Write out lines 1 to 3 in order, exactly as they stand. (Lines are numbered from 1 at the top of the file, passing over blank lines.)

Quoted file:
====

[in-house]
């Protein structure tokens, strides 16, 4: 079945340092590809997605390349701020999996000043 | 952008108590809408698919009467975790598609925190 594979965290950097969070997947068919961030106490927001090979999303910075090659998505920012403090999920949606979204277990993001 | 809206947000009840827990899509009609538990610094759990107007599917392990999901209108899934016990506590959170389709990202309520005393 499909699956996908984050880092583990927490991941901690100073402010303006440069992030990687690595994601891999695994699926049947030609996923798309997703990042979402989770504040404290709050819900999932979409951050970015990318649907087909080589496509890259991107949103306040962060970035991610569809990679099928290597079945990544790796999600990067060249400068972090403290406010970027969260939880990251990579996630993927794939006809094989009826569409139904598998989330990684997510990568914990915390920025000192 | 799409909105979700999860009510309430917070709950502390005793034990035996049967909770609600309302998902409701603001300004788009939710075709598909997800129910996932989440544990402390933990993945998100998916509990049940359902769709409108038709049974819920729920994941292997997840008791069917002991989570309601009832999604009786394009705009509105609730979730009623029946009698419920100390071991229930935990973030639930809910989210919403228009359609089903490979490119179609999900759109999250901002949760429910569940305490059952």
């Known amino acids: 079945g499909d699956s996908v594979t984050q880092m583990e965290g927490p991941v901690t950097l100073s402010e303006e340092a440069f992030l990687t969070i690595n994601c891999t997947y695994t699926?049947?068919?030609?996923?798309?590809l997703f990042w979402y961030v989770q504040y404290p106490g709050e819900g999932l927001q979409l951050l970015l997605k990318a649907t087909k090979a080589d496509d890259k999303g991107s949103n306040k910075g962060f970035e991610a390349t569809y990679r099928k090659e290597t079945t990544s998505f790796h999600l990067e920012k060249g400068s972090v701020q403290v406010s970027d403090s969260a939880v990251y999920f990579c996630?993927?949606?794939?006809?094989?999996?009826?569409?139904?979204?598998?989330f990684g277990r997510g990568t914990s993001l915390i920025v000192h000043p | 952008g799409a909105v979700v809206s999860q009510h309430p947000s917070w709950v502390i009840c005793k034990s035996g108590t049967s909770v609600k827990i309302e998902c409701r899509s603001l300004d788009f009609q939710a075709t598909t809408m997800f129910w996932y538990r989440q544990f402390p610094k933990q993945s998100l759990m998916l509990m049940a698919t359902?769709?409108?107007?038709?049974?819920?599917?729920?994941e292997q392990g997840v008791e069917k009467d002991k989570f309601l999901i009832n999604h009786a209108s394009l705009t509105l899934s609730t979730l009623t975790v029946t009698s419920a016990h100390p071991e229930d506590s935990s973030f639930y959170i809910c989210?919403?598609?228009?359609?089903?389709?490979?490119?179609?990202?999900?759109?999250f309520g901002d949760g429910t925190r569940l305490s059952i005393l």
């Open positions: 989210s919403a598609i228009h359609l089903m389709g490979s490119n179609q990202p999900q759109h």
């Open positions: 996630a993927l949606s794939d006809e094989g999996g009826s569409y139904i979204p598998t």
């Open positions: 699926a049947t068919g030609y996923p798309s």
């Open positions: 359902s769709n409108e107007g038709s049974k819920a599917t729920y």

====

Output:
[in-house]
């Protein structure tokens, strides 16, 4: 079945340092590809997605390349701020999996000043 | 952008108590809408698919009467975790598609925190 594979965290950097969070997947068919961030106490927001090979999303910075090659998505920012403090999920949606979204277990993001 | 809206947000009840827990899509009609538990610094759990107007599917392990999901209108899934016990506590959170389709990202309520005393 499909699956996908984050880092583990927490991941901690100073402010303006440069992030990687690595994601891999695994699926049947030609996923798309997703990042979402989770504040404290709050819900999932979409951050970015990318649907087909080589496509890259991107949103306040962060970035991610569809990679099928290597079945990544790796999600990067060249400068972090403290406010970027969260939880990251990579996630993927794939006809094989009826569409139904598998989330990684997510990568914990915390920025000192 | 799409909105979700999860009510309430917070709950502390005793034990035996049967909770609600309302998902409701603001300004788009939710075709598909997800129910996932989440544990402390933990993945998100998916509990049940359902769709409108038709049974819920729920994941292997997840008791069917002991989570309601009832999604009786394009705009509105609730979730009623029946009698419920100390071991229930935990973030639930809910989210919403228009359609089903490979490119179609999900759109999250901002949760429910569940305490059952």
């Known amino acids: 079945g499909d699956s996908v594979t984050q880092m583990e965290g927490p991941v901690t950097l100073s402010e303006e340092a440069f992030l990687t969070i690595n994601c891999t997947y695994t699926?049947?068919?030609?996923?798309?590809l997703f990042w979402y961030v989770q504040y404290p106490g709050e819900g999932l927001q979409l951050l970015l997605k990318a649907t087909k090979a080589d496509d890259k999303g991107s949103n306040k910075g962060f970035e991610a390349t569809y990679r099928k090659e290597t079945t990544s998505f790796h999600l990067e920012k060249g400068s972090v701020q403290v406010s970027d403090s969260a939880v990251y999920f990579c996630?993927?949606?794939?006809?094989?999996?009826?569409?139904?979204?598998?989330f990684g277990r997510g990568t914990s993001l915390i920025v000192h000043p | 952008g799409a909105v979700v809206s999860q009510h309430p947000s917070w709950v502390i009840c005793k034990s035996g108590t049967s909770v609600k827990i309302e998902c409701r899509s603001l300004d788009f009609q939710a075709t598909t809408m997800f129910w996932y538990r989440q544990f402390p610094k933990q993945s998100l759990m998916l509990m049940a698919t359902?769709?409108?107007?038709?049974?819920?599917?729920?994941e292997q392990g997840v008791e069917k009467d002991k989570f309601l999901i009832n999604h009786a209108s394009l705009t509105l899934s609730t979730l009623t975790v029946t009698s419920a016990h100390p071991e229930d506590s935990s973030f639930y959170i809910c989210?919403?598609?228009?359609?089903?389709?490979?490119?179609?990202?999900?759109?999250f309520g901002d949760g429910t925190r569940l305490s059952i005393l």